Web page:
‘The Knick’: 5 Historical Facts To Know About Soderbergh’s Drama Before Season 2 Premiere
"The Knick" is Steven Soderbergh's historical drama surrounding the medicinal field at the turn of the 20th century. Dr. John Thackery (Clive Owen) is the ringleader of the Knick (short for Knickerbocker Hospital) as the pioneer drug addicted surgeon who is attempting to "make history" with his ingenious medical techniques.
Some of "The Knick's" history is exaggerated but a good deal of the show is based on factual information surrounding the medicinal practices and social climate of the time. Show writers Michael Begler and Jack Amiel even hired NYU Medical Center medical-history archivist, Dr. Stanley Burns, to read the scripts and oversee the scenes to check for accuracy, reports The Wall Street Journal.
Check out five true "The Knick" facts below. Warning: spoilers ahead.
5. Thackery Based On Real Person
Begler and Amiel based Thackery on Dr. William Halsted, Slate reports. Halsted performed the first emergency blood transfusion in the United States. In the final episode, "Crutchfield," a crazed Thackery, bent on discovering the different blood types unsuccessfully executed a blood transfusion which led to the death of a young girl.
Halstead was one of the founders of John Hopkins. Halstead, like Thackery was also addicted to cocaine.
4. Using Heroin to Combat Cocaine Withdrawal
In the season one finale Thackery was admitted to a rehabilitation center for his cocaine addiction. The season ends with the doctor injecting Thackery with heroin to relieve him of withdrawal pain. It seems that in season two Thackery will be battling with both vices.
Halstead was treated for his cocaine addiction with morphine. His treatment was unsuccessful. He found himself "in the grips of a double-barreled addiction," according to The New York Times.
The doctor giving the heroin to Thackery also mentioned that it was produced by Bayer. This is also true. Bayer started offering heroin commercially in 1898, reports Wired.
3. Typhoid Mary
In the first season a bunch of upper-class families began to come down with Typhoid Fever. This is a disease that favors poor living conditions so it was puzzling to the city health inspector and Cornelia Robertson (Juliet Rylance) as to why this disease would be affecting the wealthy NY families. They eventually tracked it down to a cook, Mary Mallon, who had worked in every one of the wealthy households.
Mary Mallon was a real woman and she was called Typhoid Mary. She was found to have infected 53 people with Typhoid in 1908, all while being asymptomatic.
2. Syphilis Nose Reconstruction Surgery
In the episode "The Busy Flea" an old girlfriend of Thackery's, Abby Alford, is introduced as a woman with a tragic history. She had only been with two men in her life, Thackery, and her husband. However, the husband had been having an affair with a woman infected with Syphilis, and Abby had contracted it.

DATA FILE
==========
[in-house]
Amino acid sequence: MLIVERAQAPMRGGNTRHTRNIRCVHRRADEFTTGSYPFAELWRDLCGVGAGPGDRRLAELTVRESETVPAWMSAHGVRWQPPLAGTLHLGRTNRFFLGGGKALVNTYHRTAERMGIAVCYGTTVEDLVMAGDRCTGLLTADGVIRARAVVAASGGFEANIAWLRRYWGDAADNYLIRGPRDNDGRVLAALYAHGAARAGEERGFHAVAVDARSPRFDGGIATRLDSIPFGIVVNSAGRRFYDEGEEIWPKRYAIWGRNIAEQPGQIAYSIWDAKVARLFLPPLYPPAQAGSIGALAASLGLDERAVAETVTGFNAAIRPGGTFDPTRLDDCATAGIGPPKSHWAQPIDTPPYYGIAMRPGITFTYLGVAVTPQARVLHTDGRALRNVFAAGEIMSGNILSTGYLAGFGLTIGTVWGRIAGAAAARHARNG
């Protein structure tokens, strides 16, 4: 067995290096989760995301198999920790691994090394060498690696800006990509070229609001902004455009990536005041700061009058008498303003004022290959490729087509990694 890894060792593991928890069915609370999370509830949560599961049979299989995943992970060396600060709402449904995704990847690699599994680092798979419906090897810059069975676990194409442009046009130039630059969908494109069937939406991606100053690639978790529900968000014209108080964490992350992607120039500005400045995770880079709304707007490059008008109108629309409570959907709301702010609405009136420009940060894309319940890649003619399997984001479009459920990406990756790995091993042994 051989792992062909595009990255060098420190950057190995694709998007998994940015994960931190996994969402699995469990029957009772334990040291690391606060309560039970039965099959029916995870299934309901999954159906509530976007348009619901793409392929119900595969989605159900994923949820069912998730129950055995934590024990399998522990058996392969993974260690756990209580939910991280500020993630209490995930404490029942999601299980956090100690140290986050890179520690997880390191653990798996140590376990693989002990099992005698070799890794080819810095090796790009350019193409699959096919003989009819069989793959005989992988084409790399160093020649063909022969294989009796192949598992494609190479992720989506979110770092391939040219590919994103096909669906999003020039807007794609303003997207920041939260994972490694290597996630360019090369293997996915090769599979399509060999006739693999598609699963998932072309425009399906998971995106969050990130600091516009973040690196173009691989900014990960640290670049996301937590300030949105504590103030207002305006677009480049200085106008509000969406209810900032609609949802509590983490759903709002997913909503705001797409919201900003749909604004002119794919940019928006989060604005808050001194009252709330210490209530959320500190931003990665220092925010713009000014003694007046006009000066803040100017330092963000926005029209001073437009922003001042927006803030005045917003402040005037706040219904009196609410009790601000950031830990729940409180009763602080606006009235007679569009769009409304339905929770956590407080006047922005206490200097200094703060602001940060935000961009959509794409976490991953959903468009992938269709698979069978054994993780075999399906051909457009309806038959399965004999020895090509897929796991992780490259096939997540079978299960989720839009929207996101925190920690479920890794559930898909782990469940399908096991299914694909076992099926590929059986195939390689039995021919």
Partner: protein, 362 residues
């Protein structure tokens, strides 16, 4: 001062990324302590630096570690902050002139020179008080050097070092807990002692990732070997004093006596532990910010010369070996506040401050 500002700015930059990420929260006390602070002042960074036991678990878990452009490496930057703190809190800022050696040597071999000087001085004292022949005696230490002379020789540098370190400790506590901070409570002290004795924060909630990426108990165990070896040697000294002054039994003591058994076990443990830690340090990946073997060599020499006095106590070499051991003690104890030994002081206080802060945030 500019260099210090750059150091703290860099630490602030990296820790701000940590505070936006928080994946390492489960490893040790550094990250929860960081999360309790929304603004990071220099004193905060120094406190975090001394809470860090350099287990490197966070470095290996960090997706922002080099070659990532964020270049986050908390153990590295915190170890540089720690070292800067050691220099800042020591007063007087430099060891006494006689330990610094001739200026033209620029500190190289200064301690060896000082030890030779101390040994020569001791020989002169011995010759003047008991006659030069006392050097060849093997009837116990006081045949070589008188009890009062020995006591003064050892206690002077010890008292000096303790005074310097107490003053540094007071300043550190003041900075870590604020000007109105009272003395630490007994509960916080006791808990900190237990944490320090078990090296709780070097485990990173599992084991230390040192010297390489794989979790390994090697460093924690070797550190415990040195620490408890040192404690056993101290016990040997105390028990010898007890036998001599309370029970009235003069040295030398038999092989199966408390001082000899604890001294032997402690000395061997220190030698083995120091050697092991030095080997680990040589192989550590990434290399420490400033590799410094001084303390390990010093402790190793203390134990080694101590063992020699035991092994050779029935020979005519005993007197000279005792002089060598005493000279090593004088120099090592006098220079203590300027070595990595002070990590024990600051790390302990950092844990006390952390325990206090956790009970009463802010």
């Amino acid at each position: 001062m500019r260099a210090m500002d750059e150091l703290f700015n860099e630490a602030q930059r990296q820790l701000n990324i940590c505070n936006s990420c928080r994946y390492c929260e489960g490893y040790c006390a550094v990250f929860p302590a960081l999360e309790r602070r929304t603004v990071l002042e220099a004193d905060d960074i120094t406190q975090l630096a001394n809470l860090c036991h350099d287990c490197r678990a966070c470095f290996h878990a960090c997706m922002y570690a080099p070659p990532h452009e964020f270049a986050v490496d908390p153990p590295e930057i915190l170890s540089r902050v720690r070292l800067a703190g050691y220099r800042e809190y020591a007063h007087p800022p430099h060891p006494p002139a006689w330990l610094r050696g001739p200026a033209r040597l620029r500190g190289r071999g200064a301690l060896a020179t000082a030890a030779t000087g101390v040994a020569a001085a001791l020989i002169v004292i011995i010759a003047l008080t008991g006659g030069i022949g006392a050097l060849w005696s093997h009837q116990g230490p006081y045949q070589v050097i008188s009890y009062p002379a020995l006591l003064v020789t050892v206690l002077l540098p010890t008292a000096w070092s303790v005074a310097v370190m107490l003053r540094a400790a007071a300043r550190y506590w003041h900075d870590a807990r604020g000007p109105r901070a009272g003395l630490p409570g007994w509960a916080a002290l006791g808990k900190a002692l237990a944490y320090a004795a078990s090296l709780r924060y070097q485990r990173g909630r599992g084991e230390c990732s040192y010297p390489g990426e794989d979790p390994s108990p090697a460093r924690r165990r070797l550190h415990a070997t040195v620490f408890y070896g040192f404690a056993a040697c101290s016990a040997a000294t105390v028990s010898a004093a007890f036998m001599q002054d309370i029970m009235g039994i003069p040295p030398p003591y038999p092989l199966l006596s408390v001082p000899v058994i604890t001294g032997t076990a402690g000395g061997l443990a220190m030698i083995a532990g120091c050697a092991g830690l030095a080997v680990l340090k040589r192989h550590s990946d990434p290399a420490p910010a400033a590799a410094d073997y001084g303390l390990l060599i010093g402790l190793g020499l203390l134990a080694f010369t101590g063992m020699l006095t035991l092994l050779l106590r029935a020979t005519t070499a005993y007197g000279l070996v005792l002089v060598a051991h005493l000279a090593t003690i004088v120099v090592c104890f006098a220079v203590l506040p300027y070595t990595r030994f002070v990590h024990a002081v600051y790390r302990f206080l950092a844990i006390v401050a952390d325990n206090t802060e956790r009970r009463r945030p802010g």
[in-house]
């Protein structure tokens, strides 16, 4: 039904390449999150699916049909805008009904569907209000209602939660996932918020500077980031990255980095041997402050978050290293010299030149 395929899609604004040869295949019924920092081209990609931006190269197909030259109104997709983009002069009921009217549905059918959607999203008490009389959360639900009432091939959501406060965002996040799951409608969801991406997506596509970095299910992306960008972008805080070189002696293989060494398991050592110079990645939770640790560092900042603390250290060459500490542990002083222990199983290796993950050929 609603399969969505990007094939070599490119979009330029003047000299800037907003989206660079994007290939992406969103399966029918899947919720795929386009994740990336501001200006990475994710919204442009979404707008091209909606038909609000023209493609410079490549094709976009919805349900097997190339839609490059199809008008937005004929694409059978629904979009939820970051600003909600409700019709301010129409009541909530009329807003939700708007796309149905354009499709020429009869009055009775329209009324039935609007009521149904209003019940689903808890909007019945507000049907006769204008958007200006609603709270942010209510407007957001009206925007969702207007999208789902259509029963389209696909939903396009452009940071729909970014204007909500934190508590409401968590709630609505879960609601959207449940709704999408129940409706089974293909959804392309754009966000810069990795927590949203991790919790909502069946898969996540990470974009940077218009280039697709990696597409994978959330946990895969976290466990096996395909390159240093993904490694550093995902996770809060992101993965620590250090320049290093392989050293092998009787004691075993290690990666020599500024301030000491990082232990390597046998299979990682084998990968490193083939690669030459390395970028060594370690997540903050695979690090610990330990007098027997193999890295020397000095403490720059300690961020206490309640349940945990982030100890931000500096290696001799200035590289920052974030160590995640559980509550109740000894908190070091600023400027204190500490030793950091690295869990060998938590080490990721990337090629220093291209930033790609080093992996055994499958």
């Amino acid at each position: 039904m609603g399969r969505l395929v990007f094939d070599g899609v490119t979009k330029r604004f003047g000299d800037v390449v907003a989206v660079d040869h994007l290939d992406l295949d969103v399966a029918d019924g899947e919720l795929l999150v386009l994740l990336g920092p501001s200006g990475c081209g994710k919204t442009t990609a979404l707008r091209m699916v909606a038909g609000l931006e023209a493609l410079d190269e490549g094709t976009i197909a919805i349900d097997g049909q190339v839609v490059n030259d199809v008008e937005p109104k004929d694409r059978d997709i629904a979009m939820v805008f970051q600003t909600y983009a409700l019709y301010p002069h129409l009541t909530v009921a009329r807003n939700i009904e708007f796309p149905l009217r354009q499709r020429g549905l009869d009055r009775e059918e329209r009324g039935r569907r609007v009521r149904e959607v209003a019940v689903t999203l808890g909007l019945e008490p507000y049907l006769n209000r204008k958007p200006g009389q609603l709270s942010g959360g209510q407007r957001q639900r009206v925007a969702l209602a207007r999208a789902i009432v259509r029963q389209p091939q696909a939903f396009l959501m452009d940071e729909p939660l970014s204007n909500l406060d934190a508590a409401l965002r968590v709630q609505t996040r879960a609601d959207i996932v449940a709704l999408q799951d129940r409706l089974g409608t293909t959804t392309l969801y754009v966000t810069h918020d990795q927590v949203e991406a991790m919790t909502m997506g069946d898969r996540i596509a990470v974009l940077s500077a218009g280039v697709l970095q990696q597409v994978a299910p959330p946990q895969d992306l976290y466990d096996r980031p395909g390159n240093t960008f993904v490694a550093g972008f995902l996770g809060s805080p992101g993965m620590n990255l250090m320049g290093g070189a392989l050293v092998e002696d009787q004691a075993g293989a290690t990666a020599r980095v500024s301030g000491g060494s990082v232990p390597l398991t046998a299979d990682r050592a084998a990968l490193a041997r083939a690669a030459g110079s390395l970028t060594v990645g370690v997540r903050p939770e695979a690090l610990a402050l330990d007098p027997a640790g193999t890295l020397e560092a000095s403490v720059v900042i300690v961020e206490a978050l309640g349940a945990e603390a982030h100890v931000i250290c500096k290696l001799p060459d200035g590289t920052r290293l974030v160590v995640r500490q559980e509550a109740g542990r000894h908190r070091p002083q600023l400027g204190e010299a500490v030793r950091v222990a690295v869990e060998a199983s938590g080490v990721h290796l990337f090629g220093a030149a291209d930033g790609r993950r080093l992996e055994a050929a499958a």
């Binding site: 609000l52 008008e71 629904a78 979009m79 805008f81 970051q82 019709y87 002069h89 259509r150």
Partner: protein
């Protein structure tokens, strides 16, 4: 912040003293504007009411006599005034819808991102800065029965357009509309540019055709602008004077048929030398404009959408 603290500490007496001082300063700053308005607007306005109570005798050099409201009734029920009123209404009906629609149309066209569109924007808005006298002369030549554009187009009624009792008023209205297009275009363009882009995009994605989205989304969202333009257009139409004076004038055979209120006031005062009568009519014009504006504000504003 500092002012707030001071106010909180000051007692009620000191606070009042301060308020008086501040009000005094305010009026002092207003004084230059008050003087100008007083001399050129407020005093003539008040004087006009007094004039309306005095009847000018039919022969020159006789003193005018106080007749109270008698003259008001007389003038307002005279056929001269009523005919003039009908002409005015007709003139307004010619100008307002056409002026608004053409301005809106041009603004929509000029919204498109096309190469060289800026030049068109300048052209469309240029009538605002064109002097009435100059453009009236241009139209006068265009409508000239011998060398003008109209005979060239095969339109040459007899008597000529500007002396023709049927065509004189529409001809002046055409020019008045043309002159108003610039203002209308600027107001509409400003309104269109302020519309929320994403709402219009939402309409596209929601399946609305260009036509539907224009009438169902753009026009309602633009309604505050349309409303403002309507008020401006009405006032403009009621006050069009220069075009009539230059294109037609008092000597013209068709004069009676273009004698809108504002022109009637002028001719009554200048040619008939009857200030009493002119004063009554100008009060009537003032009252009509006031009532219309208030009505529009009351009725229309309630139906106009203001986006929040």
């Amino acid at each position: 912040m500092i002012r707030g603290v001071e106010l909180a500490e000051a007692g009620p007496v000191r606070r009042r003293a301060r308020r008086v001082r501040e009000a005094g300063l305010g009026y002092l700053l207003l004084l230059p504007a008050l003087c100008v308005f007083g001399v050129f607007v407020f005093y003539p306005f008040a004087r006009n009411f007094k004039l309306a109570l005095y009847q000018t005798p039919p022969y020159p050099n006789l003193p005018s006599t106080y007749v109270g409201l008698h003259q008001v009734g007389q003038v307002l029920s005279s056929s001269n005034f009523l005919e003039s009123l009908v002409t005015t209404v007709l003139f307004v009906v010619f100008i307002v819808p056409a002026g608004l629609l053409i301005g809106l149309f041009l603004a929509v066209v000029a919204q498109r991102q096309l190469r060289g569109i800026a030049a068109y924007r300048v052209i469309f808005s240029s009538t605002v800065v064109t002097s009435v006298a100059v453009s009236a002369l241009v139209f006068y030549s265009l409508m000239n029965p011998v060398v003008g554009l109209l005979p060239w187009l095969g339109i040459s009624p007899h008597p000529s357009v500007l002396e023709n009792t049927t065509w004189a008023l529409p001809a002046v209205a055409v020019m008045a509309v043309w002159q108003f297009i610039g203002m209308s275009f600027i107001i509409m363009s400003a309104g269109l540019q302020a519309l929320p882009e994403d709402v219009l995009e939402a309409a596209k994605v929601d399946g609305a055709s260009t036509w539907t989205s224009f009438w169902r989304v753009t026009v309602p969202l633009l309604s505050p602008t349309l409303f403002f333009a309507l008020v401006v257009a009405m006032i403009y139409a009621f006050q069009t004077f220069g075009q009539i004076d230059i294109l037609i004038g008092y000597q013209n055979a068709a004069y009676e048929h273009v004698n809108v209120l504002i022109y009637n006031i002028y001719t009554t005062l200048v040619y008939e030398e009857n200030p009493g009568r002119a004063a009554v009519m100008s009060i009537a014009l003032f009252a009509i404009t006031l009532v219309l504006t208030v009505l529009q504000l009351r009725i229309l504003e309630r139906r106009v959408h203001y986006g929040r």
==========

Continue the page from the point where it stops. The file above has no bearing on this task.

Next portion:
Tertiary Syphilis can lead to a condition called "saddle nose." This is when the bridge of the nose rots and caves into the face. The surrounding skin also then rots and the sufferer is left with a gaping hole in their face. This is what happened to Abby.
She went to Thackery asking him to perform surgery. He reluctantly accepted. The procedure he performed cut a piece of skin away from her forearm (while still attached to the arm) and attached it to her nose as a skin graft. Her arm was then tied tightly into place over her head. She would have to stay like that for several months as the grafted skin covered up the hole on her nose.
This was an actual procedure for "saddle nose." It was developed by Gaspare Tagliacozzi in the 16th century, reports Viral Nova. The technique did little in terms of reconstruction, merely a flap of skin would cover the hole.
1. Pulling Teeth to Cure Insanity
Dr. Everett Gallinger (Eric Johnson) is perhaps one of the most tragic characters on "The Knick." He inadvertently brought meningitis into the home leading to the death of his daughter. His wife than became completely manic. She refused to believe their daughter was dead. In an attempt to help his wife, Gallinger adopted an orphaned baby. His wife, fearing the infant was suffering from meningitis fever, drowned her in an ice bath. Gallinger then had her committed.
In the final episode he goes to visit his wife in the psychiatric ward and becomes furious when he sees that all her teeth were removed. The doctor said that "all mental disorders stem from disease and infection polluting the brain" and that teeth are the main source of infection.
This was based on the practices of Dr. Henry Cotton in the early 1900s. Cotton had believed in this practice so much that he even removed the teeth of his children, reports Wired.
Season two of "The Knick" will return Oct. 16.
Check out the season two trailer below!